Progressive health care leaders—including our co-host James Demopoulos from Lehigh Valley Physician Group—led the discussions, and it was inspiring to hear different perspectives on why this issue is so important to our members. One participant put it best: "We're not selling widgets. Patients and people are involved at the end of the day."
But there's no playbook to follow, and designing an access-optimized infrastructure is a complex puzzle that keeps changing form. Here are a few key takeaways from the Summit that I came away with:
1. Access starts with a clear vision and sponsorship
Across the 14 organizations present, different constituencies owned patient access operations at almost every one—spanning from chief marketing officers, to individual hospital presidents, to chief medical officers. And it's understandable, since access operations cross functions and departments. In many ways, this focused competency is still emerging and dedicated patient access teams (unicorns in our view) are still rare. We were excited to have a few directors of patient access in the room for the summit, but the group was mostly CEOs, COOs and VPs of operations, medical directors, and other network leaders who are very much focused on improving access to care at their organizations.
The important thing is that leaders clearly define and consistently communicate a purpose and vision across the system and its functions in order to ensure success. Our co-host shared that Lehigh Valley defines access as "every touch point between the patient and our health network, bi-directional and relentless in nature, in the pursuit of true and meaningful patient partnerships in their health, care, and experience." This mission statement ensures that when it comes to access, everyone at Lehigh Valley is speaking the same language.
Still, to truly transition access to care from a project orientation to department orientation, creating a structure of ownership is crucial—whether that's setting up a new and dedicated team or a structure wherein existing teams work together in a new way.
2. You can't get anywhere without your physicians on board
We all know physicians are burnt out at rates higher than we used to see. But without physicians—like any important initiative—advancing access to care is an elusive goal. So how do you engage them while recognizing the burden of change?
First, give physicians the reins to lead the change. One presenter walked us through how his organization put together a guiding coalition of physicians to lead the operational redesign—with the expectation that they should challenge the status quo and ensure that physicians' needs are being met so they can provide high quality care to their patients. Next, support those physicians with the tools and insights they need to rally champions. For example, one of our attendees brought data to his providers who struggled getting patients in for appointments—he showed them that patients will actually go to another doctor or health system (or avoid care altogether) if they aren't able to get on the schedule for more than a week or two, which was very meaningful to the doctors.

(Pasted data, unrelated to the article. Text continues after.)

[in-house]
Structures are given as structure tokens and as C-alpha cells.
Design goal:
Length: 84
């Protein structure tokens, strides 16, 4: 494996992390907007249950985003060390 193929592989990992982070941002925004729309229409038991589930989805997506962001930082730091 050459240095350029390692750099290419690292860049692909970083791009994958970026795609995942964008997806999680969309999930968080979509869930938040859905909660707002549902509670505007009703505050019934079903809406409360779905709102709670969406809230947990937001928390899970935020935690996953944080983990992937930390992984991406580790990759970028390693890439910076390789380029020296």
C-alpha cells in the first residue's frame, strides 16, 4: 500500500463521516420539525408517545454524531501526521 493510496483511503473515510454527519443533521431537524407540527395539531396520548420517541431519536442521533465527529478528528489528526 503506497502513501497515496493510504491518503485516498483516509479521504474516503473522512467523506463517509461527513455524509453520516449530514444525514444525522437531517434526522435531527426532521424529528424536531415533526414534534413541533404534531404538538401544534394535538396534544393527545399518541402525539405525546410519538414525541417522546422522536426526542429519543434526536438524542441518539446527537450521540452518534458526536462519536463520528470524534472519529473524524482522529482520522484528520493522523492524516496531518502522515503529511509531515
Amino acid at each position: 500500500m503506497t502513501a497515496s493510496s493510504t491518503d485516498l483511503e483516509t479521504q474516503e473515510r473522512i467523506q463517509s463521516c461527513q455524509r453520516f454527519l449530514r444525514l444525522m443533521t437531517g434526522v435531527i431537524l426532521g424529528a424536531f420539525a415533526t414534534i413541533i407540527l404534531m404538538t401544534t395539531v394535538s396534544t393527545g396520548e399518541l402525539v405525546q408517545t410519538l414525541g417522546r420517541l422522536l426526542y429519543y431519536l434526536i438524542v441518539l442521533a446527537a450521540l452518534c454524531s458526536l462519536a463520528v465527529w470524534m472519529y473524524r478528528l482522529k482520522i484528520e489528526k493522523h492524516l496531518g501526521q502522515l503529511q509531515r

3. Metrics are easy to get—insights are much harder
In a live poll of the attendees, Advisory Board's Duane Reynolds asked the group: "What is the most challenging aspect of access reporting and analytics?" The top answer—capturing 45% of the group—was that there are just too many metrics and data sources to track; after that, 33% said the biggest challenge is in making data actionable. While most of us may have access to relevant data, it's incredibly hard to think holistically about those data points, balance real-time and lagging metrics, and know which levers to pull for the greatest impact.
Additionally, the attendees acknowledged that we don't have adequate industry benchmarks when it comes to measuring patient access to care. For example, if it takes an average patient 45 days to get an appointment, that's not the target to strive for—so organizations need to set goals that better honor and reflect their mission to patients.
4. You don't have to tackle everything at once
It takes an investment in organizational development to move from pockets of access to a network-wide strategy and solution. However, it's impractical to focus on every practice, physician, or initiative right off the bat.
For example, Lehigh Valley deployed a strategic plan that broke practices into three tiers:
- Pilot practices, where they implemented identified solution bundles and went through systemic transformation;
- A broader group of practices, where the team focused on piloting targeted elements; and
- The remainder of the practices, where they included patient experience teams, workshops, and shared learning opportunities.
While the entire effort required an investment from the organizational development team, with 12 people dedicated to the initiative, this layered approach allowed the organization to deploy resources efficiently and place more emphasis on the practices most in need of transformation.
Next, benchmark your patient access performance
Advisory Board estimates that the average 350 bed hospital stands to gain $22M by achieving best practice in the revenue cycle, and it all starts with the front-end.
To see how yours stacks up, compare your metrics to our 15 patient access benchmarks.